Monday, May 31, 2010

The Spoils of War: The Daiquiri - Cocktail History



In 1909 the USS Minnesota called at Guantanamo, Cuba. The skipper took the ship’s junior medical officer, Lt. Johnson, on a tour of Spanish American War battlefields. At the town of Daiquiri they met Jennings Cox, an American engineer, who treated them to a drink he had developed to temper the local rum. Cox called the drink a “daiquiri” in honor of the town.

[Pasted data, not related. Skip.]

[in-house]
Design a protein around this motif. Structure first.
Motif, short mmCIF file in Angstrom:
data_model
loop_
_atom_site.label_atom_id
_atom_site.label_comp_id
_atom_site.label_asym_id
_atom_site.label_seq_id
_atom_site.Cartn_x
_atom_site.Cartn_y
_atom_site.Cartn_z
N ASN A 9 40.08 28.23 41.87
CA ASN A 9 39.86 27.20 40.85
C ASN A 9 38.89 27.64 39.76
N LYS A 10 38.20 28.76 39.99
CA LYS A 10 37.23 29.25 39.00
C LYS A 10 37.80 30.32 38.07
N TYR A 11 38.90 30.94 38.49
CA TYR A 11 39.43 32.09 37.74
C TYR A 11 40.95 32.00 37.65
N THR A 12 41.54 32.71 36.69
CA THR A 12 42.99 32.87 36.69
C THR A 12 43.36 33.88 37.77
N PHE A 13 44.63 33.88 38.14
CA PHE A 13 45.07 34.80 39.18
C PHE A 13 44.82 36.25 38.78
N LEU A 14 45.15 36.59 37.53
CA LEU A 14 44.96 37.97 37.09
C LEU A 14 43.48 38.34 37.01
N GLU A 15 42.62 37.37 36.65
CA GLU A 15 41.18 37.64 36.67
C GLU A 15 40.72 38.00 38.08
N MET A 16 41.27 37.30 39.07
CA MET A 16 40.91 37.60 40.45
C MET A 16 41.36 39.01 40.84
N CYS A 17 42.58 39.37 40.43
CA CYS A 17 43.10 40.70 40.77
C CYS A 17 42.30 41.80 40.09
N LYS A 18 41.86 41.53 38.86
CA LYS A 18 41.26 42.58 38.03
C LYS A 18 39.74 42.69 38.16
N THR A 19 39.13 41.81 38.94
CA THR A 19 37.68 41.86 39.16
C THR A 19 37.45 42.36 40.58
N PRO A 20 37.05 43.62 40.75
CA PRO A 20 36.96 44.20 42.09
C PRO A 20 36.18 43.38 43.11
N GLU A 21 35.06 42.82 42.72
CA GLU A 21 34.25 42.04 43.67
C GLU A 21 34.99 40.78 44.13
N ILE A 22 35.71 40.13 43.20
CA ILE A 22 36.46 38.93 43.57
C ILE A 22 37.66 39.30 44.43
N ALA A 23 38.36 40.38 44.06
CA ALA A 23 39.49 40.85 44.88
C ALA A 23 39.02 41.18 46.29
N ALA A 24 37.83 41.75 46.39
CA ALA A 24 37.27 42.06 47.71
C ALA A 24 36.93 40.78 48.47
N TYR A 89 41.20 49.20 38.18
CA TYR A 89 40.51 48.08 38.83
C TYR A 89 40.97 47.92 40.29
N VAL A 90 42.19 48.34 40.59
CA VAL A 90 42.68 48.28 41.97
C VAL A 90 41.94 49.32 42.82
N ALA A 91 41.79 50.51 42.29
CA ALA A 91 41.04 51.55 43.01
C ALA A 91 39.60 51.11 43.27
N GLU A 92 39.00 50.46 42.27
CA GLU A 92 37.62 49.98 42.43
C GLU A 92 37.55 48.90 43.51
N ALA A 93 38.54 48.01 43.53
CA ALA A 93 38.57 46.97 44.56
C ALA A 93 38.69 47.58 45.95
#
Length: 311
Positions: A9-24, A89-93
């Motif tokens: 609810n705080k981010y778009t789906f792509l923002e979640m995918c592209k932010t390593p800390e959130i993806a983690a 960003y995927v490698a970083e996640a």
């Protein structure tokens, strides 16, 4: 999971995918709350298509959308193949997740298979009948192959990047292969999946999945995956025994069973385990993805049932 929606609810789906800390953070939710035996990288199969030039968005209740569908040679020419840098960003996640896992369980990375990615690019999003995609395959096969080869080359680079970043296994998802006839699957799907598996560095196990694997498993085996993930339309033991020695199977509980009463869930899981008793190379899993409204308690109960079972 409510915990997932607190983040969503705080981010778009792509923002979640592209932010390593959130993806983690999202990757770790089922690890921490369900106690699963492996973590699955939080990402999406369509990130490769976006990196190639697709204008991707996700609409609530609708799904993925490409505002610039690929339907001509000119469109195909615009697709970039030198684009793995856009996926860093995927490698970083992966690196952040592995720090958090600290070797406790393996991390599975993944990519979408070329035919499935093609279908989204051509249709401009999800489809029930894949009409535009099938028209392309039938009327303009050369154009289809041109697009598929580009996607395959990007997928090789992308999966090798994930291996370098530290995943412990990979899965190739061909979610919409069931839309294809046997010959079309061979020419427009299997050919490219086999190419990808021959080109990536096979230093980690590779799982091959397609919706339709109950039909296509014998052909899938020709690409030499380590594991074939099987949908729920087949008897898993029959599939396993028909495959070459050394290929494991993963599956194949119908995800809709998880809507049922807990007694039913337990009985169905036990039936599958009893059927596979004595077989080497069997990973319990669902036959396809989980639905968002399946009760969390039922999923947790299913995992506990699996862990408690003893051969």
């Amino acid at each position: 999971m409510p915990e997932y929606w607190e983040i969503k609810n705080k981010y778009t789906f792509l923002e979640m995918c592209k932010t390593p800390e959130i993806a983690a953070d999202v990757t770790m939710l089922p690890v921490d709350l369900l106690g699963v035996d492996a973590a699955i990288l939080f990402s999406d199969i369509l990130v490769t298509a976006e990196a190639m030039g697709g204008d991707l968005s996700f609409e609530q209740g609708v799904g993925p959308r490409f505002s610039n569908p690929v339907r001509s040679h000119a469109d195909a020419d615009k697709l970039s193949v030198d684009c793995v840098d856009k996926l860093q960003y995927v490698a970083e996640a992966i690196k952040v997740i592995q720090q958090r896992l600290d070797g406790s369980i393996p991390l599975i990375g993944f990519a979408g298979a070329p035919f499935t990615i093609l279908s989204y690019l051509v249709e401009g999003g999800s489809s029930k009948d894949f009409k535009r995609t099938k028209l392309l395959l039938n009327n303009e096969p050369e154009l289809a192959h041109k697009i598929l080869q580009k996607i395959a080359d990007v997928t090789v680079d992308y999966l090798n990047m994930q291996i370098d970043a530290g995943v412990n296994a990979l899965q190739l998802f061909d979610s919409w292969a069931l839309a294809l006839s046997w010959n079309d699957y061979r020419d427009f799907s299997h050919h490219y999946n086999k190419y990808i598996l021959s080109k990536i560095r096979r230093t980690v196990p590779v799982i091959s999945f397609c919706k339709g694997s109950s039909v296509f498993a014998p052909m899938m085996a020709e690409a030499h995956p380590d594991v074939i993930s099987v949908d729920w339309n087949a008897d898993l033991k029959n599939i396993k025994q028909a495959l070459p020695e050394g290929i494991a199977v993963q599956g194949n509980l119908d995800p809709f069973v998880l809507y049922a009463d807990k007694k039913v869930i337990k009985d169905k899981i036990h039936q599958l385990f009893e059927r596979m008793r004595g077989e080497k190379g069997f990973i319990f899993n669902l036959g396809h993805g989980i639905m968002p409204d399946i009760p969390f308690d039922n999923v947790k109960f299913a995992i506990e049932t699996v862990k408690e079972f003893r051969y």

On his return to the United States, Johnson immediately introduced the drink at the Army and Navy Club in Washington D.C. It was an immediate hit with officers who had served in the Spanish American War. When Johnson retired as a rear admiral he presented the Club with what is now one of its prized possessions, an account of how Jennings Cox made the drink: “He mixed in each glass a jigger of rum, the juice of half a lime, and a teaspoonful of sugar. He then filled the glass with a finely shaved ice and stirred it well. In that hot, humid weather the ice melted rapidly and the glass quickly became frosted.”
Link to: What Sherlock Holmes Drank


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